An Ideal Future: propelling forward

On any given day, I have two or three drafts written, waiting for final photos to be added and one last proof before going live. Photos take me a long time to edit and finalize, and I do try to take them all myself whenever possible. But right now, there are five–five–drafts waiting for me to finish them.

What have I been doing? Aside from the obvious (work, school, and life in general), I’ve been trying to figure out exactly which direction I want to go in. You’ve seen several sides of me now–you’ve seen the makeup addict, the makeup artist, the artist, the writer, and the witch–but sometimes I still feel like there’s something missing. At home, I often wonder where I’m headed: I work my day job as a makeup artist, I’m finishing my degree in studio arts, but how to do I reconcile my passions with my job, or make a living with my dreams?


When I envision my ideal future, what I would most like my life to be, I see a small apartment on the lower east side, and cliche as it sounds, a typewriter by a window where I can drink coffee and look down on the city I love and write. I see myself with my dog in sidewalk cafes, a blue-haired bundle of sweaters and scarves, tapping words into my iPad or sketching characters onto paper. I love makeup and the beauty culture, but I don’t see myself living in it for the rest of my life–art is my passion, in all of its forms, and I desperately want to immerse myself fully in it. Certainly, I’ve worked hard to get where I am now, and I recognize that I am where I should be at this present time. But sometimes, I get lost in the fact that I’m not yet accomplished in the areas I want to be. On the good days, being a part of people’s precious memories is enough–knowing that I’ve helped them feel beautiful on important occasions and particular moments of their lives is immensely gratifying. But on the bad days, I worry that the time I spend surrounded by powders and creams is taking up too much of my attention and that I’ll never get ahead as an artist or a writer because of it. Quitting or cutting back is not an option because that’s where the money is right now, and we all have to live.


So what am I doing with those precious spare moments to propel myself towards that ideal future? Sometimes, I’m not so sure. But I have decided that this is the year I finish the novel I’ve been working at for the past three years. I was afraid that it would sit unfinished on my hard drive for the rest of eternity, but the words have started flowing again and I know that in the next few months I can definitely squeeze out the last of them. Fiction was my first love, and I’m more than thrilled to be working with it again. And once I finish this one, two more neglected projects are nipping at my brain, begging for completion.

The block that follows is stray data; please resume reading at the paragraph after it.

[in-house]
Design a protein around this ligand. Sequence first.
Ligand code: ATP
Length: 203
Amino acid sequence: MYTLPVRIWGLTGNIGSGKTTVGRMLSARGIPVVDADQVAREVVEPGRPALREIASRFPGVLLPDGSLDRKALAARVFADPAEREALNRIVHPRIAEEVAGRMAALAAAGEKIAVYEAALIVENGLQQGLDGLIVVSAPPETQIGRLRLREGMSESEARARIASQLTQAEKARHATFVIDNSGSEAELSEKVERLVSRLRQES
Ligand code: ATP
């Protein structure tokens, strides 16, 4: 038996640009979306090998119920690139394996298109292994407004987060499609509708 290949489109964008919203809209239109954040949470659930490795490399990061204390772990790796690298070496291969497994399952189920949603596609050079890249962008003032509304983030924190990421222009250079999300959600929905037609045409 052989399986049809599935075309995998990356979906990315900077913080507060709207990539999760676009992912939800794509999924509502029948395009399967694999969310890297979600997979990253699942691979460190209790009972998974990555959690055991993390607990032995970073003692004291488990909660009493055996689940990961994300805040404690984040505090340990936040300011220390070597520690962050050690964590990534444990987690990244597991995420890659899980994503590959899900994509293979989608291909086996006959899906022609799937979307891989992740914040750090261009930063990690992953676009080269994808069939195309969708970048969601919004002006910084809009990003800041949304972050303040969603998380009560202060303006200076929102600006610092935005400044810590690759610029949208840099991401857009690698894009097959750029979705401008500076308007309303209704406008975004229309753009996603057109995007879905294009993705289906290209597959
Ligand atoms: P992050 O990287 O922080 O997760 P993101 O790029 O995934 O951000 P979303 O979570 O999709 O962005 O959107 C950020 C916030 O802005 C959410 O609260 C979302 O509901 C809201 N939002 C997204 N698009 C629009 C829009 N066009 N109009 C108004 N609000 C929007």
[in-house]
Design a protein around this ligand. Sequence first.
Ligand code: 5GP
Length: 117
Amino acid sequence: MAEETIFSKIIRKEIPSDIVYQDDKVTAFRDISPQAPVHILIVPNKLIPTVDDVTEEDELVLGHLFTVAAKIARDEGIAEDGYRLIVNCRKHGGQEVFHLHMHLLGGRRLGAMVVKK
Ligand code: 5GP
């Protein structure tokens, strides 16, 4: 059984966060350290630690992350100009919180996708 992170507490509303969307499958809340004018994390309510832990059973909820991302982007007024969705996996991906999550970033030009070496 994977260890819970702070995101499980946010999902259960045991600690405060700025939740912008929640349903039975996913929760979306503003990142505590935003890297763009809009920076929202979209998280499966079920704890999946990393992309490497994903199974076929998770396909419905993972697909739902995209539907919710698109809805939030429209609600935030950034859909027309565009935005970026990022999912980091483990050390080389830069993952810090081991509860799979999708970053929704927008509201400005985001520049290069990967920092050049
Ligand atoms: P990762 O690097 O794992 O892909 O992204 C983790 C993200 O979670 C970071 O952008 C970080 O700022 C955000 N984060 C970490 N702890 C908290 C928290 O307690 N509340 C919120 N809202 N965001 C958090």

I’ll admit I’ve lapsed in painting again, but I’ve found a new fascination in photography. Armed with my father’s old Nikon FG, I’ve been taking a course in photography and development that’s instilled in me a true appreciation for a medium I never before considered. There’s something so zen about holding that camera, adjusting the aperture, the shutter speed, checking the light meter and focussing just so on the subject, and then just letting it go–all you can do is hit that button and wait until you get into the darkroom to see if you got the shot. When I was little, the camera was sacred: it was taken on family vacations, a fixture at all holiday gatherings, and it was to be touched only by skilled adult hands. Film was also something special–frames were precious and not to be wasted on anything you didn’t want to remember forever. Digital photography almost ruined me. When I got my first digital camera (a 3 megapixel HP point-and-shoot gifted to me by my ever-technologically-savvy grandfather), it turned photos into something disposable. Once they were uploaded, they could sit forever on my hard drive. Prints were nothing more than streaky printouts on an inkjet, and once I got a new computer most of them were deleted, un-missed. With paintings, I can put imagination into something tangible. Photography never seemed more than documentary to me. But not everyone sees the world the same way, and there’s more imagination that reality to some…


So that’s what I’ve been up to, Internet. The radio silence isn’t really silence at all. I’m simply gathering myself, collecting the bits and pieces I’d like to share. Eventually, I need to learn to stop combing through things unit they’re perfect–they never will be, and there’s a sort of charm in imperfection anyway.